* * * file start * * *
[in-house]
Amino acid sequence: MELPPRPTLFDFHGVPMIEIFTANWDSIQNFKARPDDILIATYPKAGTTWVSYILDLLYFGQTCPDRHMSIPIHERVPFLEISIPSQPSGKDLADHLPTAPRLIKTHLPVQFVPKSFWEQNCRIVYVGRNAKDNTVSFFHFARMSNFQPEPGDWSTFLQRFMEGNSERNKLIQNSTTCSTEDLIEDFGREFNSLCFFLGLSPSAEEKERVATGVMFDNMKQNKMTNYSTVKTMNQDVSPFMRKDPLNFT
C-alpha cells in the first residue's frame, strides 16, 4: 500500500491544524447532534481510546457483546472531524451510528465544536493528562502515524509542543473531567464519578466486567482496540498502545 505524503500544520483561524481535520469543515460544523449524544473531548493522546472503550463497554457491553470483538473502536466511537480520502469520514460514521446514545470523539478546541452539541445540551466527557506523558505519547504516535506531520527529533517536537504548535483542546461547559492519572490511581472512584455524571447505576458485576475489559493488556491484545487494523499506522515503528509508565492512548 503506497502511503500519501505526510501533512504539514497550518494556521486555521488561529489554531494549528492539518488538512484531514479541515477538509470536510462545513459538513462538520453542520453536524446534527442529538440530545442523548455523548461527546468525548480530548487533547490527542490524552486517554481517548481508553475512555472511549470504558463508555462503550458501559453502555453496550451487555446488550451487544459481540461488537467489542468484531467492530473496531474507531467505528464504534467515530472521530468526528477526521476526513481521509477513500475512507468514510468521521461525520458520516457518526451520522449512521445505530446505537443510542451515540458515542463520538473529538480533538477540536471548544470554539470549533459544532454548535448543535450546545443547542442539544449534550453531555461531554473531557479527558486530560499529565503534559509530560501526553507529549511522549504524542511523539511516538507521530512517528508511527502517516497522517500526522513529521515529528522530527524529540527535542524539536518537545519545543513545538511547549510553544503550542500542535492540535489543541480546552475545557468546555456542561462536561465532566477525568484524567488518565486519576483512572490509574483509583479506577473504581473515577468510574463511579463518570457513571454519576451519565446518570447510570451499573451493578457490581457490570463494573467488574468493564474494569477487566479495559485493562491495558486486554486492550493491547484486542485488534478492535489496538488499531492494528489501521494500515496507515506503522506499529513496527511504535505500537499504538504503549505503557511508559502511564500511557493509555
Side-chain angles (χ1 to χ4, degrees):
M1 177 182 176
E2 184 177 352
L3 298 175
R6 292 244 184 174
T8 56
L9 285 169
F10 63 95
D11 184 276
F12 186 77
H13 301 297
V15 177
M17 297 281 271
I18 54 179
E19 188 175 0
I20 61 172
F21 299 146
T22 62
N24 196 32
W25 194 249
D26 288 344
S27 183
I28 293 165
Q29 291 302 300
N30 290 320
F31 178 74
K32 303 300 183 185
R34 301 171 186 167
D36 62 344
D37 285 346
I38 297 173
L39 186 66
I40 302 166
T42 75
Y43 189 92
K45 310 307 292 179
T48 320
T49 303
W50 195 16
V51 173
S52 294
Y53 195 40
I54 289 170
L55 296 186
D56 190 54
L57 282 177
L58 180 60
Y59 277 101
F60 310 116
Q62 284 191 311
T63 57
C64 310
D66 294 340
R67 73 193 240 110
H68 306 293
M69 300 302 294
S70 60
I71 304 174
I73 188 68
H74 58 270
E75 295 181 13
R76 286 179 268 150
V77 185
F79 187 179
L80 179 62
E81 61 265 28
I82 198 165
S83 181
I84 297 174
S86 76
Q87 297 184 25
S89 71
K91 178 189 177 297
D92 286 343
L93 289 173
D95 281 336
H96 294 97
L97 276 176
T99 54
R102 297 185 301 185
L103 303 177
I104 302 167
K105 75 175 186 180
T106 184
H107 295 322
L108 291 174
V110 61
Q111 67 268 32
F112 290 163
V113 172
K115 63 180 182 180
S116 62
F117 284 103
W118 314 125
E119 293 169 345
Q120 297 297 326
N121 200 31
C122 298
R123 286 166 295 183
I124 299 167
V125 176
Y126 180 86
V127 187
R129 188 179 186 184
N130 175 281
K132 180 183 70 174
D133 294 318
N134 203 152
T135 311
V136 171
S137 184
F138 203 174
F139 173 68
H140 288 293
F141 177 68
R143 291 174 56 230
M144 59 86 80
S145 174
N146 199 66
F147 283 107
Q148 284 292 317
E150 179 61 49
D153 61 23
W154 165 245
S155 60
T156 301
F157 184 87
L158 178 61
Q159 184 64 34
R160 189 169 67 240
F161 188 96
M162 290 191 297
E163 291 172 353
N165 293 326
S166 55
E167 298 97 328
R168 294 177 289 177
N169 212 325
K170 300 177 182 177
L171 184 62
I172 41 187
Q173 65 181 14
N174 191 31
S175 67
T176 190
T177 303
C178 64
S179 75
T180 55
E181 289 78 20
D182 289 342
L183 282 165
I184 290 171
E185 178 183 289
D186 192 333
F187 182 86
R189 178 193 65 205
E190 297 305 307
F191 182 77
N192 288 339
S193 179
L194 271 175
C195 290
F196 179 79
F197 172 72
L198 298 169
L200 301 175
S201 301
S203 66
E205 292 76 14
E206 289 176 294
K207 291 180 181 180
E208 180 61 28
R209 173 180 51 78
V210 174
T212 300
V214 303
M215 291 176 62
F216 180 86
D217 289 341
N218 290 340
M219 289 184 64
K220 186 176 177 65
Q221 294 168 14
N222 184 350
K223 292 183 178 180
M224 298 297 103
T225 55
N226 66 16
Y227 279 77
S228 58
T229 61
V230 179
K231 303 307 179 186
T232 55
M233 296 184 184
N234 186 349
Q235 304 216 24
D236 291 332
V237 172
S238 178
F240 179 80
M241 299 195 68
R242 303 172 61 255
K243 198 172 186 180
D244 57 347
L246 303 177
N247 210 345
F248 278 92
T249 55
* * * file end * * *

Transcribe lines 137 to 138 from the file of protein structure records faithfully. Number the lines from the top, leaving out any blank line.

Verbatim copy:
N165 293 326
S166 55